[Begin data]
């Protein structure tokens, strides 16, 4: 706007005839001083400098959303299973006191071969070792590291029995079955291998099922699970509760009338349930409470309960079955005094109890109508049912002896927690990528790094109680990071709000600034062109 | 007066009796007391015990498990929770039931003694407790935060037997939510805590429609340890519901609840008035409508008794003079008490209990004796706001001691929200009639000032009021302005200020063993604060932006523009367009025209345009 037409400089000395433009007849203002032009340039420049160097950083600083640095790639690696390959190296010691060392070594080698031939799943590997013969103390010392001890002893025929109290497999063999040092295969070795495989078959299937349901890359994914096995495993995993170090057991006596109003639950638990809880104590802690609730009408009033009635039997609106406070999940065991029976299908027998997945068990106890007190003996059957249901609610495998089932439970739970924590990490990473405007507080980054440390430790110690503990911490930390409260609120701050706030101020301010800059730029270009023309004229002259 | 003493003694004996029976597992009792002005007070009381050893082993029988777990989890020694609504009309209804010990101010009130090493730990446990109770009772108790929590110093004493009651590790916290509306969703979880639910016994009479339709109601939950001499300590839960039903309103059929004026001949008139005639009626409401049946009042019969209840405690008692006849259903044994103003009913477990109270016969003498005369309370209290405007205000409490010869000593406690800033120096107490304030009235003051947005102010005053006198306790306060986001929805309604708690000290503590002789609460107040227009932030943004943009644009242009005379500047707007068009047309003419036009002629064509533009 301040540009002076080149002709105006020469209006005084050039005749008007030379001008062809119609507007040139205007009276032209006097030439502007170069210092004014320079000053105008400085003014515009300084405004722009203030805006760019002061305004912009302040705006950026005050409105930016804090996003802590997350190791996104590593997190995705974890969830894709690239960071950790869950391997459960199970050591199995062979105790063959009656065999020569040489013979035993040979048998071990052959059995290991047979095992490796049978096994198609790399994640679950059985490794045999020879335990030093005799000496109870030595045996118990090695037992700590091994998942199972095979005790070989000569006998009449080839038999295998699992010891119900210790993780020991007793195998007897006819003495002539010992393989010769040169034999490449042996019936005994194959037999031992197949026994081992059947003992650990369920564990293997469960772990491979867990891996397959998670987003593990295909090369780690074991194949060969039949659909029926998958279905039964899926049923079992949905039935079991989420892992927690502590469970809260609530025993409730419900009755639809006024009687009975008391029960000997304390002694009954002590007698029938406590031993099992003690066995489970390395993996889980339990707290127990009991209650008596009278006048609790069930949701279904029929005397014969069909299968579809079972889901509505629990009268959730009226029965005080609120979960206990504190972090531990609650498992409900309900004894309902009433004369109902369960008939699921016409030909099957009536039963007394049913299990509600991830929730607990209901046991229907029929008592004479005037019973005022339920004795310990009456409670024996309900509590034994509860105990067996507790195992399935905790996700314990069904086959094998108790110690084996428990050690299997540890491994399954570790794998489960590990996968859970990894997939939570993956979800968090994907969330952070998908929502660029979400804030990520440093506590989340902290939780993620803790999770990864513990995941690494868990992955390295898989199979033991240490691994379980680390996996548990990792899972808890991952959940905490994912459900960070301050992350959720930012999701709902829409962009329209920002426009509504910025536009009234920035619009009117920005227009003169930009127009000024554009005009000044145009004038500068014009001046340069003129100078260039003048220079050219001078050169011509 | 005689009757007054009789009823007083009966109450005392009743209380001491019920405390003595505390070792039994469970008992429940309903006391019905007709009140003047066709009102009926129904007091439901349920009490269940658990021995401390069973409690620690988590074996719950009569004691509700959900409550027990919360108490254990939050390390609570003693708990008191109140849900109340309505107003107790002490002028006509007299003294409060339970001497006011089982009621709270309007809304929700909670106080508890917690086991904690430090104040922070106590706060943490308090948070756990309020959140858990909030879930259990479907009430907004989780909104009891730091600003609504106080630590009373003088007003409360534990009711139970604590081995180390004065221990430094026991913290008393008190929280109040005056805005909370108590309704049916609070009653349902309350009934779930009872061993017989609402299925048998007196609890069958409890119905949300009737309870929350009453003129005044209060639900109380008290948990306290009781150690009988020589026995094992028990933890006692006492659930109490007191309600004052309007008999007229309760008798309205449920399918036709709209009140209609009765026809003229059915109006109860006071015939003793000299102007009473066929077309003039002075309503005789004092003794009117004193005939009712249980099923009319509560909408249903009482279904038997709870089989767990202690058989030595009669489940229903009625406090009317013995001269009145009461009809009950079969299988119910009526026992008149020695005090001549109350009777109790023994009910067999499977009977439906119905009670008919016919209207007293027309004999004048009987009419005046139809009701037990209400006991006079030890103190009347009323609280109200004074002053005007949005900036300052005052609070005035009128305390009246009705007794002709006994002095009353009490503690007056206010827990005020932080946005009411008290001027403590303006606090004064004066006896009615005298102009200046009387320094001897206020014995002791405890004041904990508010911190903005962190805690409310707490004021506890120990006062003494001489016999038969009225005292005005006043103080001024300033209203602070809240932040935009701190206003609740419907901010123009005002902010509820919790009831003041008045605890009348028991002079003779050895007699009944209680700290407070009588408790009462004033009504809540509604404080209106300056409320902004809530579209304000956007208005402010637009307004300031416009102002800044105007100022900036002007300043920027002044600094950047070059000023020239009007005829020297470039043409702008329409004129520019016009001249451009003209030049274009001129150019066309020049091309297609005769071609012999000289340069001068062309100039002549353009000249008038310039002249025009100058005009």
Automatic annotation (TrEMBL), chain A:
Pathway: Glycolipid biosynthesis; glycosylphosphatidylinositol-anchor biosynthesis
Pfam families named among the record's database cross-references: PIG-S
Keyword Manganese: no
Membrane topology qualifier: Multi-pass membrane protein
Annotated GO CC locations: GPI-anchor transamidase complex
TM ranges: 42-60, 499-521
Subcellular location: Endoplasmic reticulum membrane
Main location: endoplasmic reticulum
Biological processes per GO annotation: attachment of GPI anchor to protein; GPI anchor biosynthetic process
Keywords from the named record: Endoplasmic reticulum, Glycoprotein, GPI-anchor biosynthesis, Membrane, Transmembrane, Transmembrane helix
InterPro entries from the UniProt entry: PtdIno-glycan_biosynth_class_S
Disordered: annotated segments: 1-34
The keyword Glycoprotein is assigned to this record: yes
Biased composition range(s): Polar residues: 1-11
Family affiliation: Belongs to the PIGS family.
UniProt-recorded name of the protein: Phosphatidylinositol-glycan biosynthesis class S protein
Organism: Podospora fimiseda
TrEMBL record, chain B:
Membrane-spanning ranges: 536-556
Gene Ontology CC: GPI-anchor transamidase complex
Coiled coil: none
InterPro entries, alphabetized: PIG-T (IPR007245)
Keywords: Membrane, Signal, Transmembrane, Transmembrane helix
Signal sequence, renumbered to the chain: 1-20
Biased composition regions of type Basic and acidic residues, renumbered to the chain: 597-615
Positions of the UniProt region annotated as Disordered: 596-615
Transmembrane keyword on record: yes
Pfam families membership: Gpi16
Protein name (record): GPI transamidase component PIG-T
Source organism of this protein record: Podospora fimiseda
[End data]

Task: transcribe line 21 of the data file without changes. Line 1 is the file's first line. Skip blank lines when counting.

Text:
Membrane-spanning ranges: 536-556